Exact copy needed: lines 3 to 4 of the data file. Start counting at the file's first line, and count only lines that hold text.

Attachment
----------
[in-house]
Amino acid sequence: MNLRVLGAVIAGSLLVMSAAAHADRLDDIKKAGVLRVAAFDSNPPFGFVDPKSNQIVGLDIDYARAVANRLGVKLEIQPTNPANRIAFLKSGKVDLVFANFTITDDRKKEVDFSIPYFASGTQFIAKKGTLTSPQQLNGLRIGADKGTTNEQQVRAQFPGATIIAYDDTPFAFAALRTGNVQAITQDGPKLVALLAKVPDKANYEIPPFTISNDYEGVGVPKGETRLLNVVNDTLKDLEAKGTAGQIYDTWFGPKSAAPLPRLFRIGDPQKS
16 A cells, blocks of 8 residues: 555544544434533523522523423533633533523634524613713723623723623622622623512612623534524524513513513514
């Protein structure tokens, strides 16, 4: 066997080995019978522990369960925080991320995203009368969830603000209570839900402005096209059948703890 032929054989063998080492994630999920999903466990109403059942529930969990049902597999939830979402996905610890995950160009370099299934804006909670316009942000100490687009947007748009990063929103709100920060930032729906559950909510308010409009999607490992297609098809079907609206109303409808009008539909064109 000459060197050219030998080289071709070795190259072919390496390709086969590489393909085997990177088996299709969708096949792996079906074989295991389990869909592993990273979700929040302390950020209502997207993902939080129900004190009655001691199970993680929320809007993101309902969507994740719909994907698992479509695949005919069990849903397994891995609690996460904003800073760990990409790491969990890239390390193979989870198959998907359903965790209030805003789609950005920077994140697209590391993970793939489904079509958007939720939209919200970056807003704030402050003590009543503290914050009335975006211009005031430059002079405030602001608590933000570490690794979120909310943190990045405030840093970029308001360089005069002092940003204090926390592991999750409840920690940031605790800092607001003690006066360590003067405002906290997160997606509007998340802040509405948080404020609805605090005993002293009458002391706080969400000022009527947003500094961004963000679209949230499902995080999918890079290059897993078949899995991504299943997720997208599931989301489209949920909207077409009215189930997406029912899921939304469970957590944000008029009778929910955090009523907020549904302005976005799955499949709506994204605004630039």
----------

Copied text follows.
16 A cells, blocks of 8 residues: 555544544434533523522523423533633533523634524613713723623723623622622623512612623534524524513513513514
């Protein structure tokens, strides 16, 4: 066997080995019978522990369960925080991320995203009368969830603000209570839900402005096209059948703890 032929054989063998080492994630999920999903466990109403059942529930969990049902597999939830979402996905610890995950160009370099299934804006909670316009942000100490687009947007748009990063929103709100920060930032729906559950909510308010409009999607490992297609098809079907609206109303409808009008539909064109 000459060197050219030998080289071709070795190259072919390496390709086969590489393909085997990177088996299709969708096949792996079906074989295991389990869909592993990273979700929040302390950020209502997207993902939080129900004190009655001691199970993680929320809007993101309902969507994740719909994907698992479509695949005919069990849903397994891995609690996460904003800073760990990409790491969990890239390390193979989870198959998907359903965790209030805003789609950005920077994140697209590391993970793939489904079509958007939720939209919200970056807003704030402050003590009543503290914050009335975006211009005031430059002079405030602001608590933000570490690794979120909310943190990045405030840093970029308001360089005069002092940003204090926390592991999750409840920690940031605790800092607001003690006066360590003067405002906290997160997606509007998340802040509405948080404020609805605090005993002293009458002391706080969400000022009527947003500094961004963000679209949230499902995080999918890079290059897993078949899995991504299943997720997208599931989301489209949920909207077409009215189930997406029912899921939304469970957590944000008029009778929910955090009523907020549904302005976005799955499949709506994204605004630039």